There’s no doubt that getting up off the couch while actually moving your body until you break a sweat is better than nothing. Zumba definitely qualifies for this but it’s honestly not a very effective means towards getting real results. I’ll admit Zumba has done a great job for getting people excited about working out again by re-imagining fitness into dancing.
Also Zumba does incorporate high intensity interval training into their workouts so it’ll most likely be better than just going on a long walk. But just by doing a class like this a couple times a week isn’t going to give you any drastic changes. A typical class only burns about 369 calories so I would have to recommend dietary modifications along with additional training protocols to make some significant improvements in your body. So you don’t have to write of Zumba completely, although be aware you should be doing more than just this.
99% of Resolutioners have been sitting at their desks, in their car or on their couch for years and years. Their bodies are so out of whack that it’s a struggle to even teach them how to squat properly. This is why I wouldn’t recommend throwing them into a yoga class and expecting them not to injure themselves.
Incorporating some yoga into your training program will undoubtedly help to improve your flexibility, strength and mobility. Although, for those who are just beginning their new fit lifestyle I can’t recommend holding crazy poses for lengthy periods of time. If you are looking to do a lot of yoga seek out a great instructor who isn’t going to contort your body into a pretzel to the point of snapping your tendons like an overstretched rubber band that’s been sitting in the Arizona sun.
5. CrossFit… Is it the devil?
CrossFit is probably the most controversial training program today. It has become wildly popular, borderline cult and it looks like it isn’t going away any time soon. I’ve gone to a couple CrossFit boxes and I’m really torn with it.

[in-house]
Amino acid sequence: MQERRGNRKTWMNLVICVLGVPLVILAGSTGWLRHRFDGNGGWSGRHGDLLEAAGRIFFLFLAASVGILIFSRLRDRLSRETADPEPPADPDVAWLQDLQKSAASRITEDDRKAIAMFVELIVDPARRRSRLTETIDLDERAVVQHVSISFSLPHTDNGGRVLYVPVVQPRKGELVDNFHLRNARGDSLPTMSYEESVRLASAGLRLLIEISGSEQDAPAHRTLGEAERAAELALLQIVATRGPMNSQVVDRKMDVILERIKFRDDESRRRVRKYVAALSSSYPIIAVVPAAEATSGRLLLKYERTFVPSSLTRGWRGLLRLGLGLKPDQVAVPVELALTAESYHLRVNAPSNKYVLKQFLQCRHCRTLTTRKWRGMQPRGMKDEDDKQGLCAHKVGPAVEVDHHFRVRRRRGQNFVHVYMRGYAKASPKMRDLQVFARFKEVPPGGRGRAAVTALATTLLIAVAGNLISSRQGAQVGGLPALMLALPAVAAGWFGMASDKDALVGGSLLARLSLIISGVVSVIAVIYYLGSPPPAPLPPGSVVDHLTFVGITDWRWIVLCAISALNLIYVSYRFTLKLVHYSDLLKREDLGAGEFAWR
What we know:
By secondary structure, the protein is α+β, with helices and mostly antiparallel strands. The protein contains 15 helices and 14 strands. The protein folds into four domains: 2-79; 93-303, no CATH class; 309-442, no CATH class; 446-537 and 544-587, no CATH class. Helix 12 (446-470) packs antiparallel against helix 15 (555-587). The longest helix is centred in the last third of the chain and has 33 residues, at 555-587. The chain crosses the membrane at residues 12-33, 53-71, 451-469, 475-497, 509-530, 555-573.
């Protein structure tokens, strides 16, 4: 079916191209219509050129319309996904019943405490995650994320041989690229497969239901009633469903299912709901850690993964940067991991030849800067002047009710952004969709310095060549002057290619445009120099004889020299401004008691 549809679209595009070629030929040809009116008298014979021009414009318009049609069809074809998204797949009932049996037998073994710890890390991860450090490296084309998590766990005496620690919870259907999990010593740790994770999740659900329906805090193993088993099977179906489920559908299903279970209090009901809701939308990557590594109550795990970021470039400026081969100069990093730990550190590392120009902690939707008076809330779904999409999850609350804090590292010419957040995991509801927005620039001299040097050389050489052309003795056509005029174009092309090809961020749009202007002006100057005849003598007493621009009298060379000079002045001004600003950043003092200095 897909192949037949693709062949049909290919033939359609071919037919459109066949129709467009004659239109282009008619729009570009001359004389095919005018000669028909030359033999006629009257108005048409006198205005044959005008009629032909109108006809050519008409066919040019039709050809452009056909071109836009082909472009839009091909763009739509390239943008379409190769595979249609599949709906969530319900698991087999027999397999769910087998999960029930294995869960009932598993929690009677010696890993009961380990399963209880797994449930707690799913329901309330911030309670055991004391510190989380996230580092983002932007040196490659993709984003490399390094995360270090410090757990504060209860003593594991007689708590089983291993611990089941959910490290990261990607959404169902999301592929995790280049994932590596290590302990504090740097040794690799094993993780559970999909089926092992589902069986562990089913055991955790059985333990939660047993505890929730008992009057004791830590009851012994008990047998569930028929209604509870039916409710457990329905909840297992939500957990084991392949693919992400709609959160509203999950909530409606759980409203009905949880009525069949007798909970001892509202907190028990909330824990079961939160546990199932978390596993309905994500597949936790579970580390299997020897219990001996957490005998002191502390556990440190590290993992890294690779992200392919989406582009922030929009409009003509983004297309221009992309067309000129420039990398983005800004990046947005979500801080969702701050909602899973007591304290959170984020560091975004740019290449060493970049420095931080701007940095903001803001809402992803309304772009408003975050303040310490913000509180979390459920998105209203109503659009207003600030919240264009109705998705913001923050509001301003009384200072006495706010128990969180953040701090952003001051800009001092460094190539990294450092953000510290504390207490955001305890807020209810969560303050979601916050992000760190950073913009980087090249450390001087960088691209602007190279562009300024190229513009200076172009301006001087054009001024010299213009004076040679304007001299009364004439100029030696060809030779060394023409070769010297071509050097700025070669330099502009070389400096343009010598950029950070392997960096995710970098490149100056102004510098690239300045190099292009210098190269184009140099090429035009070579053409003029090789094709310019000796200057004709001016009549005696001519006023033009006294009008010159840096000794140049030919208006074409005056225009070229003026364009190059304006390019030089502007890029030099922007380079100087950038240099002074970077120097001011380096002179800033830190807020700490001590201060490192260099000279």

CrossFit boils down to this. If done correctly you can burn a lot of fat while building lean muscle with their training programs. The problem with CrossFit is you never know if you’re going to get a coach who actually cares and knows what they’re doing. I’ve heard a ton of stories of people getting hurt because the guy coaching them had them do a ridiculous amount of reps for an exercise even though they hadn’t gotten off the couch in years.
But I’ve also met coaches who are very intelligent, caring and know what they’re doing. This combined with progress-able versions of their training programs can help people get the results they’re looking for. I honestly can’t give a blanket statement that I approve of CrossFit, but I also can’t make one against it. If you’re really set on trying CrossFit I would highly recommend doing some research by finding a coach who really knows what they’re doing and that they care enough to take the time to adapt the workouts to your current fitness level.
Josh holds a Bachelor’s degree in Exercise Physiology and Nutrition Science. He’s a Certified Strength and Conditioning Specialist (CSCS) by the National Strength and Conditioning Association. He’s worked as a Strength and Conditioning Coach at the high school and college level. He has over 10 years experience as a personal trainer and nutrition coach. He is also the author of The Flat Belly Formula. He hopes to be able to bring inspiration & results to people all over the world to live a healthier life through diet & exercise.